What I found very surprising about the novel, considering some of the author’s notions, was how the novel never shied away from, nor downplayed, the great faith of St. Joan of Arc which had driven her to do her great deeds. Twain, a preeminent author of the American Realism movement, simply couldn’t circle around the saint’s faith while penning a realistic novel about her. Joan of Arc was much lengthier than a typical novel by Mark Twain, thus giving the reader that much more time to be immersed in the life of a saint. This book kindled my desire to live a holy life in a way that I’d not encountered since having read Dostoevsky’s The Brothers Karamazov. 

Mark Twain was not a Catholic. That he’d had strong reservations concerning organized religion was no secret. A Connecticut Yankee in King Arthur’s Court, one of his most famous novels, was even highly critical of the Church. And yet the reverence displayed throughout Joan of Arc could fool any reader into believing that its author must surely have been a devout Catholic, or perhaps even a priest, if only that reader would refrain from checking whose name it is on the cover. Twain wrote of her:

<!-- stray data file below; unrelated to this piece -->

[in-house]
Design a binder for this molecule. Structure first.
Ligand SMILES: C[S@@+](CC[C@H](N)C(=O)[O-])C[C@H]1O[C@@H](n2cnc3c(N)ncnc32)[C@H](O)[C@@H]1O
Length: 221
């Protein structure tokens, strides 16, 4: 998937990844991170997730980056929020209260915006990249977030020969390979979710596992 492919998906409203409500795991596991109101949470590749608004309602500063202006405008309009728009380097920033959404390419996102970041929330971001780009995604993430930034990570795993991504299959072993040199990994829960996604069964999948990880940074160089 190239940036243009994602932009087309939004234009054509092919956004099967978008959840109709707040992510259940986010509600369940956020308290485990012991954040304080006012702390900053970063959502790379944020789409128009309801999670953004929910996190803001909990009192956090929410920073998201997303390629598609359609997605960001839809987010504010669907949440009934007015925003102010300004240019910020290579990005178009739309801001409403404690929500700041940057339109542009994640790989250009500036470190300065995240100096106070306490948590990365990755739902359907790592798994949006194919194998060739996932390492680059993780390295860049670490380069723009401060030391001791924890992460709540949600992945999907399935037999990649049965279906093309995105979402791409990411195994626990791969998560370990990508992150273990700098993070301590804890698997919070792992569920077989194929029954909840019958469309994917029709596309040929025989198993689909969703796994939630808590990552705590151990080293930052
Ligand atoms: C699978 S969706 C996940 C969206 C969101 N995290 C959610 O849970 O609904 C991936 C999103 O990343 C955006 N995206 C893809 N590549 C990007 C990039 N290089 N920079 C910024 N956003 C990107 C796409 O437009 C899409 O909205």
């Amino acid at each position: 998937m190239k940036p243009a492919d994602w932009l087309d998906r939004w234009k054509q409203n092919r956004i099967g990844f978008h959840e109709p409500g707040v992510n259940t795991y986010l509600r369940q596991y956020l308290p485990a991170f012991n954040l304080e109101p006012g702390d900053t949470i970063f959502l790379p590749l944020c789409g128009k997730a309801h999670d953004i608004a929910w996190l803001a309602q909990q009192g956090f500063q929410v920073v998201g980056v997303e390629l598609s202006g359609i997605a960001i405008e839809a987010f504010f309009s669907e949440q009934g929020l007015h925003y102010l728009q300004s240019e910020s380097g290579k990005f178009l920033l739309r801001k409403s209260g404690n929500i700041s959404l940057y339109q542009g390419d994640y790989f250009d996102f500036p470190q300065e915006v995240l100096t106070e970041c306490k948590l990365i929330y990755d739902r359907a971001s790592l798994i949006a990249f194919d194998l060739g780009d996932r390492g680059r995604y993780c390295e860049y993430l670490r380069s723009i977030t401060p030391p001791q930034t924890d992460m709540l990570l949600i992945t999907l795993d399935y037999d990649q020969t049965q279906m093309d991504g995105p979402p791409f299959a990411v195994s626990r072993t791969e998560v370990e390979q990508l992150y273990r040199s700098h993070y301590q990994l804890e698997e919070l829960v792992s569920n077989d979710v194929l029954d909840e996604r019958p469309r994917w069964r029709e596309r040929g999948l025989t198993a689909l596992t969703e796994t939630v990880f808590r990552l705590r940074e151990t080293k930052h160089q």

The contrast between her and her century is the contrast between day and night. She was truthful when lying was the common speech of men; she was honest when honesty became a lost virtue; she was a keeper of promises when keeping a promise was expected of no one; she gave her great mind to great thoughts when other great minds wasted themselves upon petty fancies or poor ambitions … she was of a dauntless courage when hope and courage had perished in the hearts of her nation. … She was perhaps the only entirely unselfish person whose name has a place in profane history. No vestige or suggestion of self-seeking can be found in any word or deed of hers.